Harmonisation d'une partie de chantThis shows harmonies being generated within Sonar using real-time plug-ins. Higher-quality, offline plug-ins can be used for the final processing.

Note that there are four tracks of vocals: The teal one at the top is the original vocal. The violet one below that is a “cloned” version, which has been processed with the doubling technique mentioned previously.

The next track (blue) is also a cloned track, but it’s being processed through the pitch shifter set to a major 3rd. However, note that some elements have been cut from this track and moved to the next track down, which is processed through the pitch shifter set to a minor 3rd. As Sonar doesn’t know which notes should receive minor 3rd or major 3rd harmonization, you have to cut up the track appropriately, and move the right phrases or notes to the right tracks. This may require zooming way in on the cloned track, so you can make cuts in the space between phrases.

The standard pitch shifting caution applies — the further you stretch pitch, the less realistic the sound. Sonar’s real-time pitch shifter does not preserve formants during shifts; however, when pitching up a major third the formant change adds a bit of voice-on-helium effect, which when mixed behind the main vocal, can actually sound pretty cool.

Starting with Sonar 5, the Producer Edition includes Roland’s VariPhrase technology in their V-Vocal plug-in. With this plug-in, you can “draw in” harmonics and constrain a melody to particular notes. This makes the process of harmonization much easier, as does a similar feature in Samplitude and Digital Performer. There are also programs like Antares Harmony Engine, and zplane’s Vielklang (among others) that are designed to generate harmonies.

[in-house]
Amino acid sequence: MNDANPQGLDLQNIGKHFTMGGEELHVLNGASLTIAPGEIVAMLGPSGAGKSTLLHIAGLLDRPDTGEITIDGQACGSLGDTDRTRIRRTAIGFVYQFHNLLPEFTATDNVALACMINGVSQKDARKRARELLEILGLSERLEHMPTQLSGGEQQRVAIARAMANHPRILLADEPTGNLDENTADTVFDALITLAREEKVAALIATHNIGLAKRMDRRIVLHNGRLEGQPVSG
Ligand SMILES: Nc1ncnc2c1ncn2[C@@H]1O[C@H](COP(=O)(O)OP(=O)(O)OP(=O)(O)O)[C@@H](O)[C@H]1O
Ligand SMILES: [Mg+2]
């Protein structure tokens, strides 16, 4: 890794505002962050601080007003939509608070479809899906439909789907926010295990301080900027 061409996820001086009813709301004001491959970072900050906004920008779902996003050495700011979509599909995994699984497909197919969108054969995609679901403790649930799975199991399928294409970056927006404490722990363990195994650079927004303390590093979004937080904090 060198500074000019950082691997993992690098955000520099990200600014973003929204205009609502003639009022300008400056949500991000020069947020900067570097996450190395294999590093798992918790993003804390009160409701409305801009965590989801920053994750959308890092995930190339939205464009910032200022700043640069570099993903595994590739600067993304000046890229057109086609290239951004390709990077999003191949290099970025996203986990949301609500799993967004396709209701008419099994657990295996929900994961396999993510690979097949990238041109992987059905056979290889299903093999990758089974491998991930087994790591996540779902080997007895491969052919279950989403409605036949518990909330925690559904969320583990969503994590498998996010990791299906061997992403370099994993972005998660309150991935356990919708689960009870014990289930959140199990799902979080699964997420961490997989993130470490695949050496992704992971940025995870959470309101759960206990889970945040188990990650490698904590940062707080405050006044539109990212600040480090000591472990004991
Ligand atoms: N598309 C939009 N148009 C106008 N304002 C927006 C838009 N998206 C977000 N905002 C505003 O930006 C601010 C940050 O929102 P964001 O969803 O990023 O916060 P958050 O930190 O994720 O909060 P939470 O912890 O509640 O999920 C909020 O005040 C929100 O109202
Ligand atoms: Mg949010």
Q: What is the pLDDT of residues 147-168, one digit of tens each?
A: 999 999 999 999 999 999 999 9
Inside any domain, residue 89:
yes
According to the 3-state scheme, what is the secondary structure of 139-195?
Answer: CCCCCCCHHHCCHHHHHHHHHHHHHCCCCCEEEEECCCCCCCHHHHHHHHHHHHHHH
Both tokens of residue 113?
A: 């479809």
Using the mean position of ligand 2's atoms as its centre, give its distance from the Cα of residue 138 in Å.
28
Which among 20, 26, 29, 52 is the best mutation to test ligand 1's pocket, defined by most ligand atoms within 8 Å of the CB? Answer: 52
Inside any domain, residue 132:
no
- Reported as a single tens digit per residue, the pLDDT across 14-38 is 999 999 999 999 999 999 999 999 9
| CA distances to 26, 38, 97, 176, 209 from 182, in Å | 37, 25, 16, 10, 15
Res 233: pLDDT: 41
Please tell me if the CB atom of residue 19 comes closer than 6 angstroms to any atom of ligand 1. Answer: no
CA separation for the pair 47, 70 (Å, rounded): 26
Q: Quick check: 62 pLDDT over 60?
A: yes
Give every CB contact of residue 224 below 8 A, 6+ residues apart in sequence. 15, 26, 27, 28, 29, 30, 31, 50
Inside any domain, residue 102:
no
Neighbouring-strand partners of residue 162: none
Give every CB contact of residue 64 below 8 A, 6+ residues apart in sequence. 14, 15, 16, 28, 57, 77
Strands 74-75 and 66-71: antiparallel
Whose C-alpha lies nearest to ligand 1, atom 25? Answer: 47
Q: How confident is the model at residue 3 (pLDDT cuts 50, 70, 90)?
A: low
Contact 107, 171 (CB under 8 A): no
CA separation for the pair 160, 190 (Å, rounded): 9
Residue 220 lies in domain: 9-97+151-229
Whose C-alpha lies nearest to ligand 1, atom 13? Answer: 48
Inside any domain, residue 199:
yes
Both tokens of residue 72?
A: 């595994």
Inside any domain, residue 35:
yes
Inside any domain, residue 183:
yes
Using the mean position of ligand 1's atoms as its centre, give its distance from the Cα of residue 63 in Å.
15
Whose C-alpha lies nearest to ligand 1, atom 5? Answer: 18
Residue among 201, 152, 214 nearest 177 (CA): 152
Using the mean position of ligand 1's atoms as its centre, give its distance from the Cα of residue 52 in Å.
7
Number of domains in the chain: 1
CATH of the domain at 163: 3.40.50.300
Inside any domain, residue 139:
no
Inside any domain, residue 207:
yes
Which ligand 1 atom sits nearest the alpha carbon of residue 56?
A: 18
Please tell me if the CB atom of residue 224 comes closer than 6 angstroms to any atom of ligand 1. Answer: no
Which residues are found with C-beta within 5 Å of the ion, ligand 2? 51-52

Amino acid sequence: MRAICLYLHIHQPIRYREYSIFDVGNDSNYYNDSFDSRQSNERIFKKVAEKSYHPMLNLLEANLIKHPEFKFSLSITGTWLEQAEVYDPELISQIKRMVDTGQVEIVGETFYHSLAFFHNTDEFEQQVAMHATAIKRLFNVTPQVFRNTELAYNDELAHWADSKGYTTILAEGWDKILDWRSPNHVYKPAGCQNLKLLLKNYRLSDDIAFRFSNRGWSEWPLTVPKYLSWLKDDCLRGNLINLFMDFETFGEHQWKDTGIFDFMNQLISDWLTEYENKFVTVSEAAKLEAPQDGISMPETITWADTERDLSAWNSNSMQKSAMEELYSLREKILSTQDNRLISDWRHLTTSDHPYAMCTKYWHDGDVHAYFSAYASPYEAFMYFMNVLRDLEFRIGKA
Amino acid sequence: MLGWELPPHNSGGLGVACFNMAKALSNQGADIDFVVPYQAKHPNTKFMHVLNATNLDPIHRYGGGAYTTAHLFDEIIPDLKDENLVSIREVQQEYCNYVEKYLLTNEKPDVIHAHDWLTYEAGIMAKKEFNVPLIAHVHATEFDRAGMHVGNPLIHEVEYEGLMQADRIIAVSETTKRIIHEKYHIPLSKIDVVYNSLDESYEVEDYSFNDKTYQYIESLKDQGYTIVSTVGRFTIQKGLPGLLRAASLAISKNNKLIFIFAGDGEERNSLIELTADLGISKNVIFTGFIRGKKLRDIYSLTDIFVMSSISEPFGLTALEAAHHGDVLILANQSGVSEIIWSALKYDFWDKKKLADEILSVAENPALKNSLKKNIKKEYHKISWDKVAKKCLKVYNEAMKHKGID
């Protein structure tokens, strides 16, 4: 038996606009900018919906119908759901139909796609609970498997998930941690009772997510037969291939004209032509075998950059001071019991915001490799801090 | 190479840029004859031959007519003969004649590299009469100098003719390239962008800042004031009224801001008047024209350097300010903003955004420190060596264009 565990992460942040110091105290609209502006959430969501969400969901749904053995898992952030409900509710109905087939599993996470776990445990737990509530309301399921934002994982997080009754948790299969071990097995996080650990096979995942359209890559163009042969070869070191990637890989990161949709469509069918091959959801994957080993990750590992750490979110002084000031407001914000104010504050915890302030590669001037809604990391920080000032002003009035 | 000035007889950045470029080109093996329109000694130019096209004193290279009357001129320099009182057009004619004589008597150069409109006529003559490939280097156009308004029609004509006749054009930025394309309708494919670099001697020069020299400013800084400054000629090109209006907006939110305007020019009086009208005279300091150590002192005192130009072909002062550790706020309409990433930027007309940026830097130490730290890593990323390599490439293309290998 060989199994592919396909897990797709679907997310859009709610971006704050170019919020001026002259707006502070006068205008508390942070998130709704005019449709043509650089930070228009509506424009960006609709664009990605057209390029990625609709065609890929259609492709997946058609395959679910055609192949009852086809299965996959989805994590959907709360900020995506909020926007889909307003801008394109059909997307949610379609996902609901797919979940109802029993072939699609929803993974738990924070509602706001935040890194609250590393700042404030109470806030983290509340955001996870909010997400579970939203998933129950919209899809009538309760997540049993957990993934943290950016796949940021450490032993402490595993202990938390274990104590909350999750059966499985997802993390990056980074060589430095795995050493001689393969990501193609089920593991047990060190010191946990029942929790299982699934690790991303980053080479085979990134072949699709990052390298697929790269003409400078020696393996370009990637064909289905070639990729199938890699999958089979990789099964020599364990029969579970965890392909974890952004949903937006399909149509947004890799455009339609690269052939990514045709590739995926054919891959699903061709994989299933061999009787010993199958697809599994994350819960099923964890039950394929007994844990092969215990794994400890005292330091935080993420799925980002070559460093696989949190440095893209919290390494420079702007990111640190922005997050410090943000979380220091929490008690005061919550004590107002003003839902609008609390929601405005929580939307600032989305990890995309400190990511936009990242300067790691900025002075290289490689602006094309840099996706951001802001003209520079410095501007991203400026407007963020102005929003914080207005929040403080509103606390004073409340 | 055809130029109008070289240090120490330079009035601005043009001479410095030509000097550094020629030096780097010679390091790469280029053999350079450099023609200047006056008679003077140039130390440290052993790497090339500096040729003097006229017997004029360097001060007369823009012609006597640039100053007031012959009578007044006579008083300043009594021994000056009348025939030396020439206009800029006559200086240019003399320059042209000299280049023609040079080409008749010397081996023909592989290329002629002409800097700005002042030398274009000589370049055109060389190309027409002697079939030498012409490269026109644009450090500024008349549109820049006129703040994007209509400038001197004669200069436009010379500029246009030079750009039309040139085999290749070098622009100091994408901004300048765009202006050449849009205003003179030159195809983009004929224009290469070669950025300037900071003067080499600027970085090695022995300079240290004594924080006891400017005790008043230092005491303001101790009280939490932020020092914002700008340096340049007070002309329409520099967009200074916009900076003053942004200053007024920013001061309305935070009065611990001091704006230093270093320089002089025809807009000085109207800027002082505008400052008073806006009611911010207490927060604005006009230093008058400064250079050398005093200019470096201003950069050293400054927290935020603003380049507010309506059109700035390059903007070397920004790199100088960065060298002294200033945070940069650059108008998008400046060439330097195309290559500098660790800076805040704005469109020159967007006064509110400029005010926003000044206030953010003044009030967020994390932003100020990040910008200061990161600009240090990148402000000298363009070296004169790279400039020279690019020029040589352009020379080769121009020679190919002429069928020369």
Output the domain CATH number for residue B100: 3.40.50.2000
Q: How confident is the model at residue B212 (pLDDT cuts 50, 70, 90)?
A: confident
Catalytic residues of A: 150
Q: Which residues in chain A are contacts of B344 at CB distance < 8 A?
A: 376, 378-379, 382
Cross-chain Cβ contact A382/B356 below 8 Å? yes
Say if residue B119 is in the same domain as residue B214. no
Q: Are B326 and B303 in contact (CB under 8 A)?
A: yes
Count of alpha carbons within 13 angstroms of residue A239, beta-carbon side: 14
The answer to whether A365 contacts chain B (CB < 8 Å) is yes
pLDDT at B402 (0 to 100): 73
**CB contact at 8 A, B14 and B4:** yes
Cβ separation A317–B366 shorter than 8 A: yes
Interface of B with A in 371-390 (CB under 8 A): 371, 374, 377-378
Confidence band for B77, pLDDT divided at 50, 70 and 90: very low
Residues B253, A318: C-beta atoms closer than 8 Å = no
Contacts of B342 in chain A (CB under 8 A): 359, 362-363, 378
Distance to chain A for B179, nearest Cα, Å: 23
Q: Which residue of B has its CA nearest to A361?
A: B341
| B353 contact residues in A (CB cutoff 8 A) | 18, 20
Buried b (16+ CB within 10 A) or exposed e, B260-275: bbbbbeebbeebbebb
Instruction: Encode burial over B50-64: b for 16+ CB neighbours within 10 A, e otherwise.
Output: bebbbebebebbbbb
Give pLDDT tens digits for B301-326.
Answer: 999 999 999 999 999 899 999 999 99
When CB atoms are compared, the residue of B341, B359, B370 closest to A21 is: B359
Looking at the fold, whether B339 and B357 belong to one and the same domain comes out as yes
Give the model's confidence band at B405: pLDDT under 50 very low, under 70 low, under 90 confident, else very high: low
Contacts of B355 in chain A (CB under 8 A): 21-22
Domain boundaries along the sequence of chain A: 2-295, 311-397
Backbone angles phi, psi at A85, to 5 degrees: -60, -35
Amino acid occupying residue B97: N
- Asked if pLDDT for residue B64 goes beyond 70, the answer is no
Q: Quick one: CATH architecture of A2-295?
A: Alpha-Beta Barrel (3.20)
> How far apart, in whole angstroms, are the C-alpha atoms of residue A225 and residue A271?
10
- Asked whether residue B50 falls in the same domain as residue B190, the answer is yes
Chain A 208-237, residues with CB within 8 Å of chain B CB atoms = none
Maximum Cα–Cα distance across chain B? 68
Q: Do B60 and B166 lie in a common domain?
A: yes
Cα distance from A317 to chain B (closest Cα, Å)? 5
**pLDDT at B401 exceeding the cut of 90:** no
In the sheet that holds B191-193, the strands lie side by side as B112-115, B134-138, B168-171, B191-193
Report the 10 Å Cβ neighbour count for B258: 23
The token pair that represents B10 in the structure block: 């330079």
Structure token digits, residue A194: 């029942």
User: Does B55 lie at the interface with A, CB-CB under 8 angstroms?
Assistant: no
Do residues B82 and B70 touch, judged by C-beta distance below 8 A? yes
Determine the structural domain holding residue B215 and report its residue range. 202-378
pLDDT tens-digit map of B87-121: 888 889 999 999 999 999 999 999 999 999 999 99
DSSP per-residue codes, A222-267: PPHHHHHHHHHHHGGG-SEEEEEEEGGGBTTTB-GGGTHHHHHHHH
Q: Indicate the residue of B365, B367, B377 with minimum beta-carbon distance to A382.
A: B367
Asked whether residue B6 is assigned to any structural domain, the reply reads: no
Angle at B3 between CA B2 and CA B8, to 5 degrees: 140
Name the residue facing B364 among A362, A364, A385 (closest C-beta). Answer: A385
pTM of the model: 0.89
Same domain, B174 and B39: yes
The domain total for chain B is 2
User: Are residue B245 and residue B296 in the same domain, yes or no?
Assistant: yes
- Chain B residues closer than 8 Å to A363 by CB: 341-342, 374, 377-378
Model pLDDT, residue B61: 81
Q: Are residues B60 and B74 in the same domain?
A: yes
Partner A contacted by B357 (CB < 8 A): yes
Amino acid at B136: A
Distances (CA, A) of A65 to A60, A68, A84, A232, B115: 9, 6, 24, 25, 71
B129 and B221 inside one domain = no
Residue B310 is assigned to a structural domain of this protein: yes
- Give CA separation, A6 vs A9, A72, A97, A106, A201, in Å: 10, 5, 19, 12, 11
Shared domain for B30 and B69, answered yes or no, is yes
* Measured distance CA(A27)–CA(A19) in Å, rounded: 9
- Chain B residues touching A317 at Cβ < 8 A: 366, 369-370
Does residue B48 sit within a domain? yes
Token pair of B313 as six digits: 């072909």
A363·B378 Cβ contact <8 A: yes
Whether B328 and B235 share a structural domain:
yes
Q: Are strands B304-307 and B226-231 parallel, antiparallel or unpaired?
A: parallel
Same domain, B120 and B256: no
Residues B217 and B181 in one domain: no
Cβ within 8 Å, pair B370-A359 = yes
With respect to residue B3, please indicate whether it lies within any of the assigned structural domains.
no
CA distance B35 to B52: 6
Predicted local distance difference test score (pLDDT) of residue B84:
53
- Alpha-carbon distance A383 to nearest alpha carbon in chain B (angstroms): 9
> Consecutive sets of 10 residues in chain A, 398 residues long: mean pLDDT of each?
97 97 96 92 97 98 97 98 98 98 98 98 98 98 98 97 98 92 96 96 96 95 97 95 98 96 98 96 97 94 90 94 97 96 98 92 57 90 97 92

To read the full detailed article see: Vocal Processing Tips Part 1

Native Instruments Traktor Pro 2 Review

Filed under: DJ, Software — Tags: , , , , , , , , — audiofanzine @ 10:11 am

Having reviewed the Traktor Kontrol S4 at the end of 2010, I got an email from Native Instruments in early April offering me a free upgrade for Traktor Pro 2. The differences between both S4 and PRO 2 versions are not so big as you’ll see in this review, however there is an important gap between the previous Traktor version and the upcoming Traktor 2.